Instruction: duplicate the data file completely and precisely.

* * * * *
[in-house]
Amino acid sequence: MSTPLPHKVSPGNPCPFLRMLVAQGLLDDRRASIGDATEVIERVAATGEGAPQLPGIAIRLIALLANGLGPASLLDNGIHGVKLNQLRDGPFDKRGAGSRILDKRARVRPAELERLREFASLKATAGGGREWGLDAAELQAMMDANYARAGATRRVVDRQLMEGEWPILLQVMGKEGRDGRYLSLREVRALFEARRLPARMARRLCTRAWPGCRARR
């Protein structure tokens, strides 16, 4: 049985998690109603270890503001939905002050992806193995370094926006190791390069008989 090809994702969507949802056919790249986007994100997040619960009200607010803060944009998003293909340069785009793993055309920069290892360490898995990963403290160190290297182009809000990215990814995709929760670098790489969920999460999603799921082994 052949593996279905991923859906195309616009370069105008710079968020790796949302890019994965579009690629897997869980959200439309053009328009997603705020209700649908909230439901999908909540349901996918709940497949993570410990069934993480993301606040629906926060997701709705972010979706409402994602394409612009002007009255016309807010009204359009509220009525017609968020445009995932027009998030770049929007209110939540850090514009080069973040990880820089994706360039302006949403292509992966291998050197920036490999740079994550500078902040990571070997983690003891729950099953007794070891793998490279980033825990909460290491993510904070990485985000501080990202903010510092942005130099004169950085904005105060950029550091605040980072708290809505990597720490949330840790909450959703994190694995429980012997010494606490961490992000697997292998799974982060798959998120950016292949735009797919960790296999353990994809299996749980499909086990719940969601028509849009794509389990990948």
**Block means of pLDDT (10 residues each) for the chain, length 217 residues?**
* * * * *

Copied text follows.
[in-house]
Amino acid sequence: MSTPLPHKVSPGNPCPFLRMLVAQGLLDDRRASIGDATEVIERVAATGEGAPQLPGIAIRLIALLANGLGPASLLDNGIHGVKLNQLRDGPFDKRGAGSRILDKRARVRPAELERLREFASLKATAGGGREWGLDAAELQAMMDANYARAGATRRVVDRQLMEGEWPILLQVMGKEGRDGRYLSLREVRALFEARRLPARMARRLCTRAWPGCRARR
């Protein structure tokens, strides 16, 4: 049985998690109603270890503001939905002050992806193995370094926006190791390069008989 090809994702969507949802056919790249986007994100997040619960009200607010803060944009998003293909340069785009793993055309920069290892360490898995990963403290160190290297182009809000990215990814995709929760670098790489969920999460999603799921082994 052949593996279905991923859906195309616009370069105008710079968020790796949302890019994965579009690629897997869980959200439309053009328009997603705020209700649908909230439901999908909540349901996918709940497949993570410990069934993480993301606040629906926060997701709705972010979706409402994602394409612009002007009255016309807010009204359009509220009525017609968020445009995932027009998030770049929007209110939540850090514009080069973040990880820089994706360039302006949403292509992966291998050197920036490999740079994550500078902040990571070997983690003891729950099953007794070891793998490279980033825990909460290491993510904070990485985000501080990202903010510092942005130099004169950085904005105060950029550091605040980072708290809505990597720490949330840790909450959703994190694995429980012997010494606490961490992000697997292998799974982060798959998120950016292949735009797919960790296999353990994809299996749980499909086990719940969601028509849009794509389990990948």
**Block means of pLDDT (10 residues each) for the chain, length 217 residues?**